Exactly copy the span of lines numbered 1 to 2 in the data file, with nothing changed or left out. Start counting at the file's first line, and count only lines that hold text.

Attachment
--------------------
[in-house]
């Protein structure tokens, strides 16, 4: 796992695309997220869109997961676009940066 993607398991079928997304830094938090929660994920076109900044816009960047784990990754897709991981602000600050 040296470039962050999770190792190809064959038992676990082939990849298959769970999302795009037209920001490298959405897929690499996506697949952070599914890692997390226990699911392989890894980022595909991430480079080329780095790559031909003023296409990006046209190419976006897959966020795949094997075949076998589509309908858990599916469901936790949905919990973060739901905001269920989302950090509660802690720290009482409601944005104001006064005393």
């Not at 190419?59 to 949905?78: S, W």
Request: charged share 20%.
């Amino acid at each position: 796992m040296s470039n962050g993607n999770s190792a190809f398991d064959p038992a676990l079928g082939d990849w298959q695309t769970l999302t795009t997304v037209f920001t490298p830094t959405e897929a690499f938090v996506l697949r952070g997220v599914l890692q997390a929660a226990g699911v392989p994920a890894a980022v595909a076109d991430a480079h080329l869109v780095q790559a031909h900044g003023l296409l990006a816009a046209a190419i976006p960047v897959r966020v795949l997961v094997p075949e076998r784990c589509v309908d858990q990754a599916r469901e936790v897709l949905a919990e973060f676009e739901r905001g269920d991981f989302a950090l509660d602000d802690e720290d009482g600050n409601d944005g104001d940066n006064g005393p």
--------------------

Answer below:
[in-house]
């Protein structure tokens, strides 16, 4: 796992695309997220869109997961676009940066 993607398991079928997304830094938090929660994920076109900044816009960047784990990754897709991981602000600050 040296470039962050999770190792190809064959038992676990082939990849298959769970999302795009037209920001490298959405897929690499996506697949952070599914890692997390226990699911392989890894980022595909991430480079080329780095790559031909003023296409990006046209190419976006897959966020795949094997075949076998589509309908858990599916469901936790949905919990973060739901905001269920989302950090509660802690720290009482409601944005104001006064005393």